The so-called ‘Wormrot Effect’ is in full swing. Their explosion in the Western world has led to an increased focus on the subcontinent and on South East Asia, and one beneficiary of this appears to be
Wừu, hailing from Vietnam. Even five years ago, you’d be hard pressed to believe the Vietnamese had any sort of an alternative scene, let alone a grind band capable of caving your head in with as much if not more intensity than their Western counterparts.
Wừu only formed at the beginning of the year, and have worked hard just to get their music out there. Its helped them a little that J Randall’s Grindcore Karaoke, seemingly a diamond magnet for underground extreme talent, has picked up on them via grind zine Grind To Death, who produced their debut album ‘888‘, and is now putting ‘888‘ on a pedestal. Keep digging GTD, Randall, and world in general, cos the rewards are phenomenal.
‘888‘ contains 33 tracks, and most of those come in at around a minute or longer. By any stretch that’s quite lengthy for a grind album, particularly when the recent prime cuts have been leaner at around 20-25 minutes. Thankfully, this doesn’t prove to be an endurance test, something we will touch on shortly.
It starts innocently enough with an electro-rock intro track, ‘Khi những thiên tài xuất hiện’, and wouldn’t sound out of place in a video game. A little strange, yes, but after a minute or so of that, it’s all hands to the pump.Wừu don’t spare much in their arsenal, laying down all manner of blasts, shreds, breakdowns, death metal riffs, punk riffs, screams, growls, pig squeals, yelps and more besides. Tracks like ‘Anophen’ and ‘Chạy Chậm Thôi‘ are harsh, battering ram that pummel and punish, and their death metal slant gets ample airing (Ròi, Thúi Quá, among others).
Every so often Wừu break up the action with Oriental-esque interludes that are seemingly the polar opposite of any of the brutality that precede them. Acoustic jams like ‘Chém Gió’ sit happily alongside their grind compadrés, and don’t hang too long to unbalance the album too much. Some people might think they’re silly and unnecessarily, and indeed, there’s one or two that are just too weird and silly to make sense alongside the general musical theme. That said, the album benefits from them simply because the break in action prevents the tracks from bleeding into one another.
I couldn’t tell you what they sing about, as everything is in Vietnamese. That’s not a bad thing – the vocals are indecipherable enough anyway, that even in English they wouldn’t matter that much. Some of the quirk on ‘888’ might throw the listener a little bit and at the end of the day, Wừu‘s grind isn’t that much different to grind from anywhere else in the world. It just so happens they’re pretty damn good at what they do, especially for a fledgling band. They might not be a household grind name yet, but let’s see if they can build some momentum like Wormrot, or at least get noticed a little more widely and join the current grind elite. In 888, the signs are extremely positive.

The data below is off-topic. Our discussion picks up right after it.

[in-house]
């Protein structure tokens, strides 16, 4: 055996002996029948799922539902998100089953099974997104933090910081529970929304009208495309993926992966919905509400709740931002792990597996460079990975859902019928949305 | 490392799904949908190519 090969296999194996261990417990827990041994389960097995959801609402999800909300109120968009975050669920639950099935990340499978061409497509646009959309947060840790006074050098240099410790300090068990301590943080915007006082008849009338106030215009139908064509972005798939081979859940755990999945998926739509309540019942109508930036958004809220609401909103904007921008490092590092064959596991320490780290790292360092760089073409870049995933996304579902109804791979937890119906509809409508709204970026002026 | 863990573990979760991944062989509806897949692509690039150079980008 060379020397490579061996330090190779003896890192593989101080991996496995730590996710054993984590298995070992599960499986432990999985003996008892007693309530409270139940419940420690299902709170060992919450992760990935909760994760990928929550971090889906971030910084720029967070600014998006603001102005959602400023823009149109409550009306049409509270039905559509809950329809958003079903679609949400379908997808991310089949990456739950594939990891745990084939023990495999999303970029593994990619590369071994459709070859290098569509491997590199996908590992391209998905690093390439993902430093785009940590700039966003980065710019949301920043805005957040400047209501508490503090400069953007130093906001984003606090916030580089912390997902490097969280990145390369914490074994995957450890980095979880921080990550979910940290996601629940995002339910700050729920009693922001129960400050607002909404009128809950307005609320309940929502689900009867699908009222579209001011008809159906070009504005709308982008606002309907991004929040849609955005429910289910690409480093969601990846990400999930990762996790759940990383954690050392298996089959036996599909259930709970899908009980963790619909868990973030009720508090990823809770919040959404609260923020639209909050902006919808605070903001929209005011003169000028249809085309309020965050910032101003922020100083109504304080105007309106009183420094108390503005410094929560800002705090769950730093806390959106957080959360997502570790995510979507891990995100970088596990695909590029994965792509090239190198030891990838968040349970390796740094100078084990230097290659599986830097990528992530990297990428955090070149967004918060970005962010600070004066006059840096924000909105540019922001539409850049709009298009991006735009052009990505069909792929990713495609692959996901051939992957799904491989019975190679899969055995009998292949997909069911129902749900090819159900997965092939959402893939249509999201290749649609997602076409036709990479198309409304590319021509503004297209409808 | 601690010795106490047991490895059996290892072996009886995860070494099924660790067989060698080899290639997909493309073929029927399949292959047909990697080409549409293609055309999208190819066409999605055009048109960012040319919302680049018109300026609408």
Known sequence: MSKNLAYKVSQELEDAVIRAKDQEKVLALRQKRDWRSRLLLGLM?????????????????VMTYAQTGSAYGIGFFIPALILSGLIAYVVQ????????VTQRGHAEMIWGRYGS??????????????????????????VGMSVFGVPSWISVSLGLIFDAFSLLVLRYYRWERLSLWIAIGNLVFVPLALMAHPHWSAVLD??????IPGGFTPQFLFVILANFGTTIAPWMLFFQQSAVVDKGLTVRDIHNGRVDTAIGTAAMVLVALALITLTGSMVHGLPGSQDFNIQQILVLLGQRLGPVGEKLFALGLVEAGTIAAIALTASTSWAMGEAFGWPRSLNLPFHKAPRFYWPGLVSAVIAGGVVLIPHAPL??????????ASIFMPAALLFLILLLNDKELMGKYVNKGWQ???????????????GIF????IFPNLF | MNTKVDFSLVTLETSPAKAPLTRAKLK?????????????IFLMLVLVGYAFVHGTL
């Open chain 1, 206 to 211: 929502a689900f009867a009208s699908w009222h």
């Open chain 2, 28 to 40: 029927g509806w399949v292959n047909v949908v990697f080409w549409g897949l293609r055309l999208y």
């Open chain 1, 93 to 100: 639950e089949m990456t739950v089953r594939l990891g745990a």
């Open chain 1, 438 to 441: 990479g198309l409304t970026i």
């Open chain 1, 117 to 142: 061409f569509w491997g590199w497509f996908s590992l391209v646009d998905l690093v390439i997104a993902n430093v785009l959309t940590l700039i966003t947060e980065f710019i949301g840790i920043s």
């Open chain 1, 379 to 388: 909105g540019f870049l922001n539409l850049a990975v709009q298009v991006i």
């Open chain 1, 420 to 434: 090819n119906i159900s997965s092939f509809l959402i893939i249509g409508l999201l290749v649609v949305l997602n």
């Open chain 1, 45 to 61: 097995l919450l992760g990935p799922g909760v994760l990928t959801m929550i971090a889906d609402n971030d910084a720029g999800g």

Download ‘888‘ here (free download)
Wheelchair Wheelchair Wheelchair Wheelchair
Agoraphobic Nosebleed frontman and Grindcore Karaoke head honcho J. Randall is a busy man, as his labels huge range of releases would dictate – see our previous review of surf grinders Wadge earlier this year – but amongst the cacophony of anarchy and tinny production, he’s found a potential diamond here in Scotland’s Wheelchair x4 – or Wheelchair Wheelchair Wheelchair Wheelchair if you prefer.
Originally self-released, ‘Contraception‘ has a theme of young romance running through it. Not your typical grind fare, but then neither was the Scots’ previous release ‘Bald and Dead‘, a concept EP about the life and death of reality star Jade Goody. Cripes. Nevertheless, there’s some interesting ideas floating about here, the near dancable and anthemic opening to ‘Treat Your Woman Right’, with guitarist Stuart Finnie and drummer Bobbie King trading vocals, eventually hitting face melting grind territory; the Thin Lizzy-esque riff to ‘Never Go Dutch’, and the saxophone solo that skronks its way into ‘Be My Valentine’. Never does it lose a sense of speed and aggression though, as they shred and blast their way through twelve tracks at a brisk pace and with brutal menace.